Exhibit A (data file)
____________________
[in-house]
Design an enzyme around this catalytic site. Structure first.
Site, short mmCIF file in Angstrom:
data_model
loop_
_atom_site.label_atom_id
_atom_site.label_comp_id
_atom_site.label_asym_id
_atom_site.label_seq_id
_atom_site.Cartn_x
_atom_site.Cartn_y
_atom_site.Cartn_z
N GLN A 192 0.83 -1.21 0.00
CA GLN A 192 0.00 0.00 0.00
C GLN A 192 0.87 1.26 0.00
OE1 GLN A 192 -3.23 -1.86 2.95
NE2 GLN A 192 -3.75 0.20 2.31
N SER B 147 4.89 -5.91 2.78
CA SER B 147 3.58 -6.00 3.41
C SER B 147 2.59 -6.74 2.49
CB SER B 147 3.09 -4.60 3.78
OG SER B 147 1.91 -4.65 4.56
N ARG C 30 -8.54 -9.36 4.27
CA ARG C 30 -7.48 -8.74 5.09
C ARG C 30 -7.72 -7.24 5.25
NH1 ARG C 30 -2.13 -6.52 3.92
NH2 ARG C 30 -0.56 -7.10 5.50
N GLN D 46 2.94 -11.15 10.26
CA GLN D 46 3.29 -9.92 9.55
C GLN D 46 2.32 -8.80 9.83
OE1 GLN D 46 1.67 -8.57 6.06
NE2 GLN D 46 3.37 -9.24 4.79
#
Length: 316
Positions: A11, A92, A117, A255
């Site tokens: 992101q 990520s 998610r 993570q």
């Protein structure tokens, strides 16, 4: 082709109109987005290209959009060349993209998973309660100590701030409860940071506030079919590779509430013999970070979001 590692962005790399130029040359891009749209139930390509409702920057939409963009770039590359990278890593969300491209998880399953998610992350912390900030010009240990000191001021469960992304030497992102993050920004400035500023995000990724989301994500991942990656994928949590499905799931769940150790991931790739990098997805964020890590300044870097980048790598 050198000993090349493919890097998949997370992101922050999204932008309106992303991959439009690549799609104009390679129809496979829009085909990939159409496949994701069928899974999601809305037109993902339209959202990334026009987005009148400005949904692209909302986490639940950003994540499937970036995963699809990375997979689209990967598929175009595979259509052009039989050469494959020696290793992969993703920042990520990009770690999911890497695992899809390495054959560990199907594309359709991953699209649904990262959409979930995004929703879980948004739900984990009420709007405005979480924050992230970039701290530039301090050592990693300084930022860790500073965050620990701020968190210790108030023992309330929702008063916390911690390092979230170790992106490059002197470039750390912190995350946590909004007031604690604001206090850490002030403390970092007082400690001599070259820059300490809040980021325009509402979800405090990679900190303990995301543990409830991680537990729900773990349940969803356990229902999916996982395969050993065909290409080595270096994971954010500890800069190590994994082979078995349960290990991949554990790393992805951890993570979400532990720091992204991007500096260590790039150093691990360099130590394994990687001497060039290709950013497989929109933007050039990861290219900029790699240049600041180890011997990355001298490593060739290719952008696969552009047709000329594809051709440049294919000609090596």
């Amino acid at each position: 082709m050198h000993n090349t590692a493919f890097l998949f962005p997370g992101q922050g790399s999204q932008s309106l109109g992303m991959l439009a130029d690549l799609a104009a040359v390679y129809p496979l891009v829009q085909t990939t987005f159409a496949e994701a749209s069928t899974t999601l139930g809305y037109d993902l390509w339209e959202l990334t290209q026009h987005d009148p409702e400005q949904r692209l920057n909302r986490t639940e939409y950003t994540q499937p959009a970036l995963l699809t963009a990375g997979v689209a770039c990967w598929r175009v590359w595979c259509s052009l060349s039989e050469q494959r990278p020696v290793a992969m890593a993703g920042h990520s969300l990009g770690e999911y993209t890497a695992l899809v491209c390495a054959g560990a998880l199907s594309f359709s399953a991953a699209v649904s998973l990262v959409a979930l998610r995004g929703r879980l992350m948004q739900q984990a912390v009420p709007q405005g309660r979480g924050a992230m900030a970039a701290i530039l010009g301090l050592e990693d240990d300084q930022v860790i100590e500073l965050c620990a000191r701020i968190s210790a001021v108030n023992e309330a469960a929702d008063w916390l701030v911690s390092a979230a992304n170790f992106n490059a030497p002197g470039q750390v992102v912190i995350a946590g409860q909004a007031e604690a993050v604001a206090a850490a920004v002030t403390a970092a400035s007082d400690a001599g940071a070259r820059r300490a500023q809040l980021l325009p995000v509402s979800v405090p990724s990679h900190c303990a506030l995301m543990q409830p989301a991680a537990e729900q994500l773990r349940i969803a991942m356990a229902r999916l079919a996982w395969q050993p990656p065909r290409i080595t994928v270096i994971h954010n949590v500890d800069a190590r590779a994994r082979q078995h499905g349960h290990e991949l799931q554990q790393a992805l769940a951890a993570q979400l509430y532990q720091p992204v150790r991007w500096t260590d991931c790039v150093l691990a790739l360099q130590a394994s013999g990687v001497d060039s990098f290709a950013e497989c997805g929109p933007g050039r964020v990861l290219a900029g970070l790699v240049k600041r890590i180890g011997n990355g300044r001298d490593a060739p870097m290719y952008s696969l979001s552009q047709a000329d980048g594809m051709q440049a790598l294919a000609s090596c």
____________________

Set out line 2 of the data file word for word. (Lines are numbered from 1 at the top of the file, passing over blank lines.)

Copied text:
Design an enzyme around this catalytic site. Structure first.